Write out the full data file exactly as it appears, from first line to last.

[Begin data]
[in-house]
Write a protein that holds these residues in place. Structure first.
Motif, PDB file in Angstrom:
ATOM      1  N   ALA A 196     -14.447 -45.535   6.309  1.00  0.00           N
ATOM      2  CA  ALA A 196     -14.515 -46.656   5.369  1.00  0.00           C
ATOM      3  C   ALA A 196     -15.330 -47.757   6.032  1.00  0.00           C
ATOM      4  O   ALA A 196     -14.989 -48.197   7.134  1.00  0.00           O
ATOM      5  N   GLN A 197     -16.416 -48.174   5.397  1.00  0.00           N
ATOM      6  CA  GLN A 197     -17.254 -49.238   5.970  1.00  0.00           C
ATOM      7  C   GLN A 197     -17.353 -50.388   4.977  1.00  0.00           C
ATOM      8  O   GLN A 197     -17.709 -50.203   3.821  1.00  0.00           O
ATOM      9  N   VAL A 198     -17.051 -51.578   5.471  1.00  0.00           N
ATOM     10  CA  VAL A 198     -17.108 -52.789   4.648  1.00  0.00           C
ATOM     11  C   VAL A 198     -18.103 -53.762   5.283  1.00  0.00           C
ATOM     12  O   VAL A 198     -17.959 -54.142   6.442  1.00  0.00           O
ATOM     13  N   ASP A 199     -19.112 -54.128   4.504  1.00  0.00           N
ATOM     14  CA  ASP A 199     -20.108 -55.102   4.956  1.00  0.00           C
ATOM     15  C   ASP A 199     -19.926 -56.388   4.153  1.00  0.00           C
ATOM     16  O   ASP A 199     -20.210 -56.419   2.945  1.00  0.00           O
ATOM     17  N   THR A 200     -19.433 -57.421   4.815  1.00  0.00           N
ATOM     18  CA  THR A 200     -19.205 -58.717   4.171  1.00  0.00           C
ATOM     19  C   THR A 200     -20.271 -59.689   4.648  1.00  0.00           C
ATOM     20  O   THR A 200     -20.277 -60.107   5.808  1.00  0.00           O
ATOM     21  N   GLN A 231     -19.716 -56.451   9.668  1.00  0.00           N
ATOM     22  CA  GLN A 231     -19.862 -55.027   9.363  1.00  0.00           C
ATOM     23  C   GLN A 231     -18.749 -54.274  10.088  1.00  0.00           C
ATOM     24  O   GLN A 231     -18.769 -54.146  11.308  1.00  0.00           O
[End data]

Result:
[in-house]
Write a protein that holds these residues in place. Structure first.
Motif, PDB file in Angstrom:
ATOM      1  N   ALA A 196     -14.447 -45.535   6.309  1.00  0.00           N
ATOM      2  CA  ALA A 196     -14.515 -46.656   5.369  1.00  0.00           C
ATOM      3  C   ALA A 196     -15.330 -47.757   6.032  1.00  0.00           C
ATOM      4  O   ALA A 196     -14.989 -48.197   7.134  1.00  0.00           O
ATOM      5  N   GLN A 197     -16.416 -48.174   5.397  1.00  0.00           N
ATOM      6  CA  GLN A 197     -17.254 -49.238   5.970  1.00  0.00           C
ATOM      7  C   GLN A 197     -17.353 -50.388   4.977  1.00  0.00           C
ATOM      8  O   GLN A 197     -17.709 -50.203   3.821  1.00  0.00           O
ATOM      9  N   VAL A 198     -17.051 -51.578   5.471  1.00  0.00           N
ATOM     10  CA  VAL A 198     -17.108 -52.789   4.648  1.00  0.00           C
ATOM     11  C   VAL A 198     -18.103 -53.762   5.283  1.00  0.00           C
ATOM     12  O   VAL A 198     -17.959 -54.142   6.442  1.00  0.00           O
ATOM     13  N   ASP A 199     -19.112 -54.128   4.504  1.00  0.00           N
ATOM     14  CA  ASP A 199     -20.108 -55.102   4.956  1.00  0.00           C
ATOM     15  C   ASP A 199     -19.926 -56.388   4.153  1.00  0.00           C
ATOM     16  O   ASP A 199     -20.210 -56.419   2.945  1.00  0.00           O
ATOM     17  N   THR A 200     -19.433 -57.421   4.815  1.00  0.00           N
ATOM     18  CA  THR A 200     -19.205 -58.717   4.171  1.00  0.00           C
ATOM     19  C   THR A 200     -20.271 -59.689   4.648  1.00  0.00           C
ATOM     20  O   THR A 200     -20.277 -60.107   5.808  1.00  0.00           O
ATOM     21  N   GLN A 231     -19.716 -56.451   9.668  1.00  0.00           N
ATOM     22  CA  GLN A 231     -19.862 -55.027   9.363  1.00  0.00           C
ATOM     23  C   GLN A 231     -18.749 -54.274  10.088  1.00  0.00           C
ATOM     24  O   GLN A 231     -18.769 -54.146  11.308  1.00  0.00           O